The Birth Control Pill turned 50 years old last month. This marked a milestone in the world of contraception—for women, for sexuality, and for reproductive health and family planning. Of course, women have always had a plethora of techniques for preventing pregnancy. In 1500 BC, Egyptian experts used a mixture of ground dates, acacia bark, and honey to create a spermicidal product, and crocodile dung for an anti-pregnancy suppository. In 1839, the Charles Goodyear company put their rubber to the road (less literally) by creating a vulcanized rubber condom. And in 1917, Margaret Sanger, Mother of Birth Control and Planned Parenthood of America, teamed up with moneybags Katherine Dexter McCormick to fund research biologists Gregory Pincus and John Rock to develop the dream, magic “Pill.”
Today contraception has a closet full of clothes including shots, IUD implants, vaginal rings, diaphragms, patches, pills, and of course the main staple—the condom.
For centuries, however, various segments of society have battled against contraception. In her article Masters of the Uterus (Mother Jones, May/June 2010), Elizabeth Gettlemen describes how the controversy started in 1727 when author Daniel Defoe compared contraception to infanticide. Contraception took another hit in the mouth in 1873 when an insecure postal inspector named Anthony Comstock crusaded against birth control by labeling it as “obscenity.” The Comstock Act that followed prohibited mailing contraceptives or information about them. This was not reversed for nearly 100 years (in 1965). In 1930 Pope Pius XI deemed all contraception a grave sin—a ban which is still in place today.
The US Presidents of the past 30 years have also contributed to the crusade against contraception. Starting in 1986, Reagan rejected Surgeon General Koop’s recommendation to expand sex education and have a country-wide condom PR push. Clinton’s Surgeon General Elders got derided for advocating family planning, then released from her position for a comment about masturbation—which in my loud opinion was taken way out of context. Bush reinstated the global gag rule, spearheaded abstinence-only education, and increased birth control costs on college campuses by four to five-fold. When Obama reversed the global gag rule and included stimulus money for family planning, Rush Limbaugh suggested putting pictures of Nancy Pelosi in every cheap motel room to keep birth rates down. If he’s going to make such a derogatory and classist comment, he might as well take the heat and offer hotels thoroughly unappetizing head shots of himself.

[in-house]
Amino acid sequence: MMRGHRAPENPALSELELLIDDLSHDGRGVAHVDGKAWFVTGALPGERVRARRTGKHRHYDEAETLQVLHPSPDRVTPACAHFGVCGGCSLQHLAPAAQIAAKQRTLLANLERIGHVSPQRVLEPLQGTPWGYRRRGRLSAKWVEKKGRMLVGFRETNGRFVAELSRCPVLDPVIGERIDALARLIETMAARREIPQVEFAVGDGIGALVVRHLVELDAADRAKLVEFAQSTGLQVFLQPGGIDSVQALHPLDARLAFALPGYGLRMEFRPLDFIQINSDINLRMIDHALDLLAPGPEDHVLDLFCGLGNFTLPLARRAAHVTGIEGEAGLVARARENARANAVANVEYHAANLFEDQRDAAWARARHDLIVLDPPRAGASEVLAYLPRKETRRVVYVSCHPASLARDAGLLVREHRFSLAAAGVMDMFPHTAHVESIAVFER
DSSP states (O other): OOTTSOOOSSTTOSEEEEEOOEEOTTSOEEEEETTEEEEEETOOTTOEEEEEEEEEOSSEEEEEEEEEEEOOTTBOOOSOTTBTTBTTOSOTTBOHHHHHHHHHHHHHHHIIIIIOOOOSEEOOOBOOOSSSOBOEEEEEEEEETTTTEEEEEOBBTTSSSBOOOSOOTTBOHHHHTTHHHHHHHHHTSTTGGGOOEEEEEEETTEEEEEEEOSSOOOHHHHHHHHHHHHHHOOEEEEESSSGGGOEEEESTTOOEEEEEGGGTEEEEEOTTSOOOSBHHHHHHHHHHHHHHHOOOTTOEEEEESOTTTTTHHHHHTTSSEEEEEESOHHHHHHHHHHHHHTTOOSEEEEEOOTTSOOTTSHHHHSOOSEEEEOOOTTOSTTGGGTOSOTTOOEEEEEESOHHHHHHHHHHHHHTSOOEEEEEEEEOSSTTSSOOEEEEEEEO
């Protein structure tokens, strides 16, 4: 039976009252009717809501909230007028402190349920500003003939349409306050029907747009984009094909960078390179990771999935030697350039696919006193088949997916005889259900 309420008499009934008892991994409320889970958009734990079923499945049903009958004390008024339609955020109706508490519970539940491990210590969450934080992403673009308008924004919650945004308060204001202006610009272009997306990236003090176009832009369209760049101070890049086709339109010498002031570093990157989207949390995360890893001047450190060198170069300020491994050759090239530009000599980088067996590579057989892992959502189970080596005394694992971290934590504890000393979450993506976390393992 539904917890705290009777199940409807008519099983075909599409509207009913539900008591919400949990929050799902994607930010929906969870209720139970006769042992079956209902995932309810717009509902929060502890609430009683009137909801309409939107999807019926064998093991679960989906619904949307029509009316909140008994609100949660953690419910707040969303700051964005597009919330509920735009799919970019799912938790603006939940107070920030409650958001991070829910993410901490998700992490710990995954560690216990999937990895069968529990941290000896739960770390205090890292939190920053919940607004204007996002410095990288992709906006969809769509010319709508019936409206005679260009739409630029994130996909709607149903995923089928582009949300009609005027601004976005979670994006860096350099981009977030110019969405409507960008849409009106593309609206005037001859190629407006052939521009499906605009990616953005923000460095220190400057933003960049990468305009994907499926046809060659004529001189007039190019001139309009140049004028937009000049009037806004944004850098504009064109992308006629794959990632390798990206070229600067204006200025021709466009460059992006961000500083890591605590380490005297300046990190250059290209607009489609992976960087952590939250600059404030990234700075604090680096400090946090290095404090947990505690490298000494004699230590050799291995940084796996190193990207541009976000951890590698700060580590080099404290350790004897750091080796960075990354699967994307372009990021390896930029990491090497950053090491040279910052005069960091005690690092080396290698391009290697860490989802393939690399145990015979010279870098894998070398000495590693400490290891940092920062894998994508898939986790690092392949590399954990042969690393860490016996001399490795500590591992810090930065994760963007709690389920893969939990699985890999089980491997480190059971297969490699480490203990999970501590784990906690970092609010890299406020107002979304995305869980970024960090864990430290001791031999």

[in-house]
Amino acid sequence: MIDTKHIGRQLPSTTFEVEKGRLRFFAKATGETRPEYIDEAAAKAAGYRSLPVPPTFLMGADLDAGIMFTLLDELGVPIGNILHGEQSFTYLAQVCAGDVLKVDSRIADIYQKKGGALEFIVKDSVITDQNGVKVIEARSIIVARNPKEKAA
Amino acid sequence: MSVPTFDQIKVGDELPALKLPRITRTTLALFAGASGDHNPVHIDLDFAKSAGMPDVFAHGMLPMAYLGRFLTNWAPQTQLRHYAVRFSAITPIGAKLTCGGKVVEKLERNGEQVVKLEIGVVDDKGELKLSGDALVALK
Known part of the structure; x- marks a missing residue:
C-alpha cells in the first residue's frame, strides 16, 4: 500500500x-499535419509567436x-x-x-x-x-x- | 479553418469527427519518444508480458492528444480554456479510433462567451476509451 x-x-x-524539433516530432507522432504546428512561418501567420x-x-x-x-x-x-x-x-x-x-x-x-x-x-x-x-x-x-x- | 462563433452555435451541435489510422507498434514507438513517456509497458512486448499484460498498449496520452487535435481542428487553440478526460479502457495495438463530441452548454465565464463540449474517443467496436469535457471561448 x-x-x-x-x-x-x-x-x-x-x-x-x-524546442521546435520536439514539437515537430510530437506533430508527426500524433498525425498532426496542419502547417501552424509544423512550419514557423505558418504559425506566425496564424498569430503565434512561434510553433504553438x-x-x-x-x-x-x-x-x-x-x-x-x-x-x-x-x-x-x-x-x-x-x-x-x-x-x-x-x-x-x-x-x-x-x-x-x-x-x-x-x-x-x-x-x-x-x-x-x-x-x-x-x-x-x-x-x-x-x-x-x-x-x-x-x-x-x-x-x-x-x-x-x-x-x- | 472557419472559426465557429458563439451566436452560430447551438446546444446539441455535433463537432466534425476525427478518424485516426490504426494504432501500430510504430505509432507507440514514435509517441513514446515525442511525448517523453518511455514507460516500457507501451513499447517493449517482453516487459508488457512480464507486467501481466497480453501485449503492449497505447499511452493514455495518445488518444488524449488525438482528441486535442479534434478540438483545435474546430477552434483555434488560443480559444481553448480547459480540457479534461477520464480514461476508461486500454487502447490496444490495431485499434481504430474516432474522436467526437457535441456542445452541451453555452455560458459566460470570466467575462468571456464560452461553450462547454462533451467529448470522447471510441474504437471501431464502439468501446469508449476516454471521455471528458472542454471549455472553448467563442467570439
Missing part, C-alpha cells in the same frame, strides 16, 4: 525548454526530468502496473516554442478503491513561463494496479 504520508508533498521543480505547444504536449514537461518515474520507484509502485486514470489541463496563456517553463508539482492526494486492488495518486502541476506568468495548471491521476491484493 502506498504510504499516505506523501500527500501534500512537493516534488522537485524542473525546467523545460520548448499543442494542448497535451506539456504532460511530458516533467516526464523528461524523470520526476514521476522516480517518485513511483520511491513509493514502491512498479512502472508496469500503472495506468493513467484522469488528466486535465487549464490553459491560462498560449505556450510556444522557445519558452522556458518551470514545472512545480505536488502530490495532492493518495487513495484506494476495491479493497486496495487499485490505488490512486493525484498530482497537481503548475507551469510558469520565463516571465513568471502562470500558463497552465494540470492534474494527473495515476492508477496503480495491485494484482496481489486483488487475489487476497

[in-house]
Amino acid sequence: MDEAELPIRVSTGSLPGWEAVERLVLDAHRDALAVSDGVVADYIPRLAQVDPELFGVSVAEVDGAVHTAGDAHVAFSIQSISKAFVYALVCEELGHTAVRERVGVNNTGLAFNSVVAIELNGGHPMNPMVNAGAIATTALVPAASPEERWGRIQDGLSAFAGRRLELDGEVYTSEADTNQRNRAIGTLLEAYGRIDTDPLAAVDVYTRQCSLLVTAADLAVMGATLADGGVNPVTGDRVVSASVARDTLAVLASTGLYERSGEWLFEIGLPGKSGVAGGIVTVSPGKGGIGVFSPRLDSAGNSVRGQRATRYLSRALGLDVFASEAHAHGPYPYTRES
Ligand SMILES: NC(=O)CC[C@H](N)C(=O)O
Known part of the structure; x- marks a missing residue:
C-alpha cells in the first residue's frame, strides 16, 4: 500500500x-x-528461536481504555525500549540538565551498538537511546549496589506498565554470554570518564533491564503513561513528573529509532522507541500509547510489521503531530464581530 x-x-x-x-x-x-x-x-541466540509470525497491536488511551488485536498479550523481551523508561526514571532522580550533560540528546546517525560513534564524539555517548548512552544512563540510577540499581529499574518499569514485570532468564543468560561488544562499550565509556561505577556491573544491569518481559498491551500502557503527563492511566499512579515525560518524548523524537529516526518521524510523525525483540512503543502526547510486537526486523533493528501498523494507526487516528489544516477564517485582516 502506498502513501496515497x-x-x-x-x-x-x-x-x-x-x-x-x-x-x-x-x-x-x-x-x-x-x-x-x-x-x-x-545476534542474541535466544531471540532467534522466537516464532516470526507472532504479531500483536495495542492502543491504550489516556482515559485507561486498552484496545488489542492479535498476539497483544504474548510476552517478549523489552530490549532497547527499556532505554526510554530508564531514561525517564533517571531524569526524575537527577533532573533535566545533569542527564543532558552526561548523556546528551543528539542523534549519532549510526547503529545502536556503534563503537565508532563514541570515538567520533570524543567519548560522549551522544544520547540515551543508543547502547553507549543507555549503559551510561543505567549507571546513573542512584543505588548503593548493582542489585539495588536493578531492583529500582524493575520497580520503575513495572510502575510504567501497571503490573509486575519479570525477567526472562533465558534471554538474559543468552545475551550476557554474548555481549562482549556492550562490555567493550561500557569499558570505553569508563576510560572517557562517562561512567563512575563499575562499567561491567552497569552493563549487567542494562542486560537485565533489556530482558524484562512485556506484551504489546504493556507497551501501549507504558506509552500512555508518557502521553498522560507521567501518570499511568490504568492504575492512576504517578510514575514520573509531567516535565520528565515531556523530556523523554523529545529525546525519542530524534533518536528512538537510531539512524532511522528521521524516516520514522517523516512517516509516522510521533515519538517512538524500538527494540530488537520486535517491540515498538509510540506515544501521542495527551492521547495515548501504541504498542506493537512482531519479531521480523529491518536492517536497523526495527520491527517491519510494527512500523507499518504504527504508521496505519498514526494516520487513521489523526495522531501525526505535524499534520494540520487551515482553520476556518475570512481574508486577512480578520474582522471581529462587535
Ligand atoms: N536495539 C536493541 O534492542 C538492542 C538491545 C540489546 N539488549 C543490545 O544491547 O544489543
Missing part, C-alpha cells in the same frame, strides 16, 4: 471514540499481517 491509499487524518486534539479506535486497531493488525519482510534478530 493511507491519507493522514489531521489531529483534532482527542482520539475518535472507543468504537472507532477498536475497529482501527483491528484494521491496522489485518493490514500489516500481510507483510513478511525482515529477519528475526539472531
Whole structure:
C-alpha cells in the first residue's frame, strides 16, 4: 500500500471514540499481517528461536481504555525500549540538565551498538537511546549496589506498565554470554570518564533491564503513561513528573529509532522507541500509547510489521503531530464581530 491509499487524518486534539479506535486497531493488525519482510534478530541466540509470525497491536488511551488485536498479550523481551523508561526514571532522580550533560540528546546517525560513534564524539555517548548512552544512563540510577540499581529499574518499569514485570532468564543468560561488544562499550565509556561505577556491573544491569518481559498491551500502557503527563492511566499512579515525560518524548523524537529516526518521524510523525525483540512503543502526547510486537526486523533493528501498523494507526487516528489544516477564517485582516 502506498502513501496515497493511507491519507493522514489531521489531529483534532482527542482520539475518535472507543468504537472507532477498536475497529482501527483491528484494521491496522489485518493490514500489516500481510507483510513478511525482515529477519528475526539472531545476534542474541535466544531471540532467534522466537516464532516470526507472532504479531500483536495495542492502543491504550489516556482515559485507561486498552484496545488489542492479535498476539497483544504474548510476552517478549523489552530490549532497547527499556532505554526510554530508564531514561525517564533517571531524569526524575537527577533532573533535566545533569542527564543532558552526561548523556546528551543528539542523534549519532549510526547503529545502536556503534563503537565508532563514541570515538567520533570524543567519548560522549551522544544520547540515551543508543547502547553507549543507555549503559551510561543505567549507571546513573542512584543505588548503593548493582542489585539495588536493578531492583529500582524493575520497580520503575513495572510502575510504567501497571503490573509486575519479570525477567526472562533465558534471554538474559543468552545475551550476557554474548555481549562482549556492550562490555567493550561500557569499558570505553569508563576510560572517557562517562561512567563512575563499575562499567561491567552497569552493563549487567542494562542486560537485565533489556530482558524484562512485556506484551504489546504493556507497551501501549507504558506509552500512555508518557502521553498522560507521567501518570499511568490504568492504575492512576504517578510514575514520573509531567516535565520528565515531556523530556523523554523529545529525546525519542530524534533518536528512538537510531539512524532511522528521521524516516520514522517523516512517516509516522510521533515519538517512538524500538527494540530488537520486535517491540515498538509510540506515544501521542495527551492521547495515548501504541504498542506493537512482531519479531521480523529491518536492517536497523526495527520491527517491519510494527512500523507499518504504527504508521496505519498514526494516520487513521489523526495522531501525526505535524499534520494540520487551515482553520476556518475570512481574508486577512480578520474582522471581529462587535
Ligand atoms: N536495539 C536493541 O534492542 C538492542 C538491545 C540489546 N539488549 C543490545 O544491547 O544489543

In a world where contraception is pitted against procreation, we are lucky to have several superwomans standing by. Gloria Steinem gloriously states, “Sexuality is not only a way we procreate but also a way we communicate and express love and caring and community.”
Champion Nancy Gibbs of TIME magazine demonstrates how the Pill gave women freedom and flexibility to wear the label of “worker”—to make and maintain jobs without employer or employee fear of having to cease work in case of pregnancy. More women trekking the college and career path means mom-hood comes later in life. A byproduct of this is a decrease in population growth—not a bad thing in a world starving for resources!
That said, overpopulation is not the primary issue that plagues our country. Our colossal size carbon footprint comes in the form of overconsumption—aka the devil of the developed world. Thus, the irony regarding contraception is that with more women working, there is a general increase in GNP. The increase in workplace productivity leads to exponential economic growth, and thus, more spending potential. More money made means more money spent—hence a greater capacity for overconsumption.
Unfortunately, our global carbon footprint suffers either way you split it. Contraception helps curb unwanted pregnancies and excessive population growth. Yet too much contraception can lead to a greater quality of life and the tendency to over-consume.
Contraception clearly has a tenuous place in society. It symbolizes a sexual and reproductive freedom, saturated in religious controversy–especially for us Jews who comprise only 1% of the earth’s population. Contraception also manifests as economic and educational empowerment of women, underlined by the irony that a higher standard of living often leads to overconsumption and a large carbon footprint. However, the answer is not to eliminate contraception or reduce its use. The answer is to talk and walk on our planet with greater respect for all beings. So roll up your sleeves, sing Happy Birthday to the Pill, and make a wish that the second half of life’s roller coaster is just as joyous a ride as the first.